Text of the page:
Experts

  • Position : Chairman of the Executive Board; Chairman of the "Trialogue" Club International
  • Affiliation : PIR Center
  • Position : Analyst
  • Affiliation : Institute for International Studies MGIMO University
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President Putin Suggests to Hold P5 Leaders Summit

10.03.2020

On January 23 President Putin suggested to hold a summit of P-5 leaders “in whatever country, in whatever part of the world, which is convenient for colleagues”. The meeting is aimed at discussing the critical mass of challenges in various fields as well regional and global conflict potential so that the P-5 countries step in and put an end to the growth of this critical mass, Putin`s spokesperson Dmitriy Peskov says. The initiative is the leitmotiv of the 520th issue of Yaderny Control bulletin.

“The Treaty on the nonproliferation of nuclear weapons celebrates its 50th anniversary. After 50 years, the NPT is looking remarkably well for its age. It has survived the Cold War, the détentes, the Ice Ages, and other ups and downs in international relations without losing its integrity or crumbling into irrelevance. Only a handful of states still remain outside the Treaty. hat is undoubtedly a resounding success, and our planet is all the better for it. We are already plagued by such woes as global pandemics and climate change. Imagine for a second if we also had to contend with an uncontrolled spread of the most devastating weapons that ever existed, with more and more countries acquiring an instrument of total self-annihilation of the entire mankind. The few existing flashpoints, such as the Indo-Pakistani border and the Korean peninsula, are already giving us a nervous twitch. Just imagine how much worse it would get if we had dozens of such flashpoints! Would the world be more secure?”, Vladimir Orlov deliberates in his op-ed for Kommersant-Daily.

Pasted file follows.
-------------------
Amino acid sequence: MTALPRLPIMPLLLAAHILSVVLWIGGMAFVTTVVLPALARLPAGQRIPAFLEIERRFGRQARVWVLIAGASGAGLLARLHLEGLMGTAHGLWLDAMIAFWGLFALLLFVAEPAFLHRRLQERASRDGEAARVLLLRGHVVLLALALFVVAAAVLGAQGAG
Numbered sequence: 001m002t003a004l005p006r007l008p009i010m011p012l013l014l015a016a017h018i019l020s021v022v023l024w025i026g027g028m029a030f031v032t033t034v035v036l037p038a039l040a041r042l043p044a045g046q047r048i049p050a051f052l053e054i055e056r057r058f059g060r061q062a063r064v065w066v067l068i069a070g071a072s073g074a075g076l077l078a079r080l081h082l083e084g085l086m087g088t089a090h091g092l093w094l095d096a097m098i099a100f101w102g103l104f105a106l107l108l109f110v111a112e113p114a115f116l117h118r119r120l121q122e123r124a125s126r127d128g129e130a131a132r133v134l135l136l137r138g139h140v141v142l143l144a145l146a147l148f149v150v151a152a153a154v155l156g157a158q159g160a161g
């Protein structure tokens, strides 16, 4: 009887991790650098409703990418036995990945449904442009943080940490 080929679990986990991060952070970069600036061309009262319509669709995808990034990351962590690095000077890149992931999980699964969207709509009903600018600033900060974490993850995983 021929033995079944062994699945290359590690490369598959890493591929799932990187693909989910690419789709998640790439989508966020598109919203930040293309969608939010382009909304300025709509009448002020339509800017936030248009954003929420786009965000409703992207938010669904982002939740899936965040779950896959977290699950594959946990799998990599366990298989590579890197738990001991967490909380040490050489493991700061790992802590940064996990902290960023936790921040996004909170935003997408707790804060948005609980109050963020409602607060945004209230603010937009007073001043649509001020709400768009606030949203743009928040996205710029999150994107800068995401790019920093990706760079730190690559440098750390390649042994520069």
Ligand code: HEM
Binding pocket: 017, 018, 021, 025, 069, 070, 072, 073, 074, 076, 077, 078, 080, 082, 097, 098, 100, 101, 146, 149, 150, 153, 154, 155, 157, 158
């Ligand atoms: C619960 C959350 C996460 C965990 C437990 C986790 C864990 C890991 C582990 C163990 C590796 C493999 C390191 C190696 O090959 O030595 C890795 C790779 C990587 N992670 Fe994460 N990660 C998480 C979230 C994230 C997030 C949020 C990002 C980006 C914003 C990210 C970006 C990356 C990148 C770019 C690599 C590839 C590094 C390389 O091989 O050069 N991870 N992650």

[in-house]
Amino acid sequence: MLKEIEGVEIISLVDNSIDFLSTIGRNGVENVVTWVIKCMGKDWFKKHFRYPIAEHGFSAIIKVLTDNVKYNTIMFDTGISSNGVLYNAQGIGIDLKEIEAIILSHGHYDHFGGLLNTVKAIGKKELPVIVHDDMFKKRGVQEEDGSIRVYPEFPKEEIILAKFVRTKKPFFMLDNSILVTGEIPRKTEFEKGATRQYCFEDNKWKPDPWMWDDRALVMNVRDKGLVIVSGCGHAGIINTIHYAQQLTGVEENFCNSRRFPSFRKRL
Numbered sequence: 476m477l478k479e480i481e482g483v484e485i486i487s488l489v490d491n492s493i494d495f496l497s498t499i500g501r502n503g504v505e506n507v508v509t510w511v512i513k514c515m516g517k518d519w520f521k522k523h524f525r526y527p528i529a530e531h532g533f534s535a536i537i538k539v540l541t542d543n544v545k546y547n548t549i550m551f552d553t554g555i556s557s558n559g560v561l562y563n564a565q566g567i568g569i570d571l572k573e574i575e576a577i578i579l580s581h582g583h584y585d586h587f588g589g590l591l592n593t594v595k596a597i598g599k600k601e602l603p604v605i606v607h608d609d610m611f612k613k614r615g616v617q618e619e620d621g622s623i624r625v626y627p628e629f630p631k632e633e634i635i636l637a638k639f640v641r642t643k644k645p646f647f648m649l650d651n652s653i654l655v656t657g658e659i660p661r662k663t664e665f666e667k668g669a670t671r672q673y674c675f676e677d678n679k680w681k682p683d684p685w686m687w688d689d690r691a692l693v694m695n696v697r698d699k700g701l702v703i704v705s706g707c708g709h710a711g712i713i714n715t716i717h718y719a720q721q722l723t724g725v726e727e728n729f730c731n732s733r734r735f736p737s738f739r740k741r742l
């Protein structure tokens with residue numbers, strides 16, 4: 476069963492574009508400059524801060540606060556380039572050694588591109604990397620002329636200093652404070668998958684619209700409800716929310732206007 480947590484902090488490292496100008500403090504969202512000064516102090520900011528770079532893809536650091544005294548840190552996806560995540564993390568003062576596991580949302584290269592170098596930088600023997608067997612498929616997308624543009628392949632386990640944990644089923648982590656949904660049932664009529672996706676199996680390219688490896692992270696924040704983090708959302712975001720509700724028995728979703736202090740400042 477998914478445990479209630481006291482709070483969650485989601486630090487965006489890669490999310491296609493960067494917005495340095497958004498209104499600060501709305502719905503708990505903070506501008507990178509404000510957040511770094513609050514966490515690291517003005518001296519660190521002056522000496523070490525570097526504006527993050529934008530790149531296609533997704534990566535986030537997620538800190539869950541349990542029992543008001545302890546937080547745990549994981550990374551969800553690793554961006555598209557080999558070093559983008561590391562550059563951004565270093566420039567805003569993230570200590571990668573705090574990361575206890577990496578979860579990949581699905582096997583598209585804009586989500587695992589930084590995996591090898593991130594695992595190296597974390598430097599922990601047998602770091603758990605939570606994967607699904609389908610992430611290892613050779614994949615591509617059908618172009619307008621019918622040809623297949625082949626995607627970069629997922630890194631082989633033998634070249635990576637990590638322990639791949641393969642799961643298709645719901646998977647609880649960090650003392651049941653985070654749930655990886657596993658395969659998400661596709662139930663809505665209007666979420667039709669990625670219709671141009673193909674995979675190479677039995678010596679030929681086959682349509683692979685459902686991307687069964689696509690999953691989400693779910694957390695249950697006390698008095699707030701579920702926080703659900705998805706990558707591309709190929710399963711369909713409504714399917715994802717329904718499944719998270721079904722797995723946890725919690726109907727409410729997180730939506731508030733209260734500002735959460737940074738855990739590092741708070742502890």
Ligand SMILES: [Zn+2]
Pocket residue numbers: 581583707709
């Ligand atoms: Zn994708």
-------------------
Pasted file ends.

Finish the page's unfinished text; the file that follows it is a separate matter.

"The New START treaty is set to expire on February 5, 2021 and there is little doubt that it will be the end of it. It could be extended if both countries agree (they should express their intention to extend the treaty not later than September 2, 2020). Given the current tensions between the two countries, such an extension would be a practical way forward. However even this relatively straightforward step is in doubt. President Trump condemned New START as one of the “bad deals” negotiated under his predecessor (I’m sure that in view of a certain group of US politicians and experts the Treaty is “bad” because it does not contain special limitations for Russian MIRVed and heavy ICBMs). There are also forces in the United States that believe (for different reasons) it is not in the U.S. interests to participate in the START", - Lieutenant-General (retired), Chairman of the PIR Center's Executive Board Evgeny Buzhinskiy.

“Even without New START or a new formal treaty, the United States and Russia can pursue measures that control nuclear weapons and reduce the risk of nuclear war. For example, instead of signing a formal moratorium on missile deployments in Europe, they could provide notifications when new weapons enter the force and develop confidence building measures that allow some level of certainty about the range and payload of new missiles. In the absence of formal limits on the numbers and types of launchers for strategic nuclear weapons, they could exchange data similar to that required by New START and offer transparency into future plans for the development of new weapons. These types of measure would not replicate the predictability of binding limits, but they might reduce uncertainties and minimize the risk of worst-case assessments.”, Amy Woolf posits.

The issue is available via the link. The subscription form and the archive since 2000 are accessible at the bulletin webpage.

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